Mlima’s Tale – Review by Bonnie Goldberg

You are surely long familiar with elephants from literature and movie fame like Babar, Dumbo, Horton, Hathi and Jumbo and dozens of others, but now playwright Lynn Nottage desperately wants you to acknowledge the fragile existence of Mlima, an extraordinary pachyderm from Kenya, a national treasure, decades old, that is prized and protected for his perfect pair of ivory tusks.

Come cautiously enter the jungle home of this honored animal as Ms. Nottage spins “Mlima’s Tale” at Westport Country Playhouse until Saturday, October 19. By the drama’s end, you will know intimate details of Mlima’s life and tragic death. Poaching by ivory traffickers is a serious and devastating practice that results in the deaths of 55 elephants a day, decimating the noble ranks of the populations from millions to a mere 40,000, making the species endangered.

Jermaine Rowe plays Mlima in all his proud and distinguished honor, his pleasure in listening to the night, hearing the rustle of the brush, the beating of the rain on the leaves, the trumpet cries of friends and the shifting of the earth. His idyllic world is shattered when hunters mercilessly attack him in his native habitat, killing him tragically for his prized tusks of ivory.

A troupe of three versatile actors – Jennean Farmer, Adit Dileep and Carl Hendrick Louis- proceed to enact the stages of Mlima’s demise, as police officials, custom agents, corrupt ivory carvers and wealthy purchasers each take their bribes and allow the devious dealings to occur.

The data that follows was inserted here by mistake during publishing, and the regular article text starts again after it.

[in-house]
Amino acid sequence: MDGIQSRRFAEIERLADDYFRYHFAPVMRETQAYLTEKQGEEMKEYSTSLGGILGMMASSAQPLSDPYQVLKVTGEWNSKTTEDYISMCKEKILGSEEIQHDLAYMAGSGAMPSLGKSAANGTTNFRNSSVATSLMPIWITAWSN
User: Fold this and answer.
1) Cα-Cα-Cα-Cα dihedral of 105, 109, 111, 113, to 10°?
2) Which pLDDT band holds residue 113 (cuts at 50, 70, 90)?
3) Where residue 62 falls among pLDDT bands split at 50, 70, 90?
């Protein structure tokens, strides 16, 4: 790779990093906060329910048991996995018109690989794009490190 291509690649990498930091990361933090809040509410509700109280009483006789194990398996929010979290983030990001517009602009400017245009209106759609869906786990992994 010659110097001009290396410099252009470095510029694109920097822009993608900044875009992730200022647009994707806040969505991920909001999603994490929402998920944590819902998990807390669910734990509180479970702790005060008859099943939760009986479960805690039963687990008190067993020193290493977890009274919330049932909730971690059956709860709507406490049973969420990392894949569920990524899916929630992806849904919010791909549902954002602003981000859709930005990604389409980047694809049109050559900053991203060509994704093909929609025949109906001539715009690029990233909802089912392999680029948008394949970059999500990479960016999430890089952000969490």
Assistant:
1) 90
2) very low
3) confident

The audience as innocent witnesses to this slaughter is now privy to actions that were previously unknown. Once informed, we are now charged with taking action, if it is only to join the World Wildlife Foundation and, perhaps, Adopt an Elephant. For details, go to, starting at $25 and up.

This brave, memorable species will soon be gone if saviors are not diligent in their fight. Greed drives their motives and corruption fuels their actions. Poetic sayings are illuminated as each scene changes and Mlima’s essence is continually degraded and abused. Mark Lamos directs this probing and penetrating portrait of a vanishing species that needs protection to be saved from extinction.

For tickets ($30 and up), call Westport Country Playhouse, 25 Powers Court, Westport at 203-227-4177 or 1-888-927-7529 or online at Performances are Tuesday at 7 p.m., Wednesday at 2 p.m. and 8 p.m., Thursday and Friday at 8 p.m., Saturday at 3 p.m. and 8 p.m. and Sunday at 3 p.m. Go online to discover all the associated activities tied to this production.

Come capture the spirit of this magnificent beast as Mlima lived and died in this moving theatrical drama by Pulitzer Prize-winning playwright Lynn Nottage.